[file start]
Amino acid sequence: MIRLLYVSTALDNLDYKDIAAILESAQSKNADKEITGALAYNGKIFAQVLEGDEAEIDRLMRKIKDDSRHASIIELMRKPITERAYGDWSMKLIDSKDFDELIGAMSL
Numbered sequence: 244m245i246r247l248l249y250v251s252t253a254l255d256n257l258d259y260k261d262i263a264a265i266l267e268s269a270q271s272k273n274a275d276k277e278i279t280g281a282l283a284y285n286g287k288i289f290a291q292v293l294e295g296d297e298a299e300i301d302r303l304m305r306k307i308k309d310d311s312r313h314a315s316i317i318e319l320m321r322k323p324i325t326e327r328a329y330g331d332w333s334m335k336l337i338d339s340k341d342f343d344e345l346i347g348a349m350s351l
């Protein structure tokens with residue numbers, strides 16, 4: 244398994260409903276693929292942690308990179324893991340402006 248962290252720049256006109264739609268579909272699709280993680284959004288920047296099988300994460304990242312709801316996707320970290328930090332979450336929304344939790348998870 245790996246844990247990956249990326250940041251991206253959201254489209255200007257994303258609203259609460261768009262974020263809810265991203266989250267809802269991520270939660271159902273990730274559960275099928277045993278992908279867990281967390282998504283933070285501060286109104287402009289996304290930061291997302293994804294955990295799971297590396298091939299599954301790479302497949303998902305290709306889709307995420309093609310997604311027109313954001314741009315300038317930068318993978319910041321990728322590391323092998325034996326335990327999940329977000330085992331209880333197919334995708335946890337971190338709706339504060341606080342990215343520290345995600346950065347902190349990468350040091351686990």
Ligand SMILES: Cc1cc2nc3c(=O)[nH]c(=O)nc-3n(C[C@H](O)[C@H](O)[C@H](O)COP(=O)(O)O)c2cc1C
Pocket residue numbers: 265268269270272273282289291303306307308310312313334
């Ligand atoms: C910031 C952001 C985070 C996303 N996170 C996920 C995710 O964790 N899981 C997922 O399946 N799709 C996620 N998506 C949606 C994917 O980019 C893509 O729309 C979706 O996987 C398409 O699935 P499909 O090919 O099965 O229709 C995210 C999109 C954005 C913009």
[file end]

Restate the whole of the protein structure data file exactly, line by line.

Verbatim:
Amino acid sequence: MIRLLYVSTALDNLDYKDIAAILESAQSKNADKEITGALAYNGKIFAQVLEGDEAEIDRLMRKIKDDSRHASIIELMRKPITERAYGDWSMKLIDSKDFDELIGAMSL
Numbered sequence: 244m245i246r247l248l249y250v251s252t253a254l255d256n257l258d259y260k261d262i263a264a265i266l267e268s269a270q271s272k273n274a275d276k277e278i279t280g281a282l283a284y285n286g287k288i289f290a291q292v293l294e295g296d297e298a299e300i301d302r303l304m305r306k307i308k309d310d311s312r313h314a315s316i317i318e319l320m321r322k323p324i325t326e327r328a329y330g331d332w333s334m335k336l337i338d339s340k341d342f343d344e345l346i347g348a349m350s351l
């Protein structure tokens with residue numbers, strides 16, 4: 244398994260409903276693929292942690308990179324893991340402006 248962290252720049256006109264739609268579909272699709280993680284959004288920047296099988300994460304990242312709801316996707320970290328930090332979450336929304344939790348998870 245790996246844990247990956249990326250940041251991206253959201254489209255200007257994303258609203259609460261768009262974020263809810265991203266989250267809802269991520270939660271159902273990730274559960275099928277045993278992908279867990281967390282998504283933070285501060286109104287402009289996304290930061291997302293994804294955990295799971297590396298091939299599954301790479302497949303998902305290709306889709307995420309093609310997604311027109313954001314741009315300038317930068318993978319910041321990728322590391323092998325034996326335990327999940329977000330085992331209880333197919334995708335946890337971190338709706339504060341606080342990215343520290345995600346950065347902190349990468350040091351686990």
Ligand SMILES: Cc1cc2nc3c(=O)[nH]c(=O)nc-3n(C[C@H](O)[C@H](O)[C@H](O)COP(=O)(O)O)c2cc1C
Pocket residue numbers: 265268269270272273282289291303306307308310312313334
């Ligand atoms: C910031 C952001 C985070 C996303 N996170 C996920 C995710 O964790 N899981 C997922 O399946 N799709 C996620 N998506 C949606 C994917 O980019 C893509 O729309 C979706 O996987 C398409 O699935 P499909 O090919 O099965 O229709 C995210 C999109 C954005 C913009």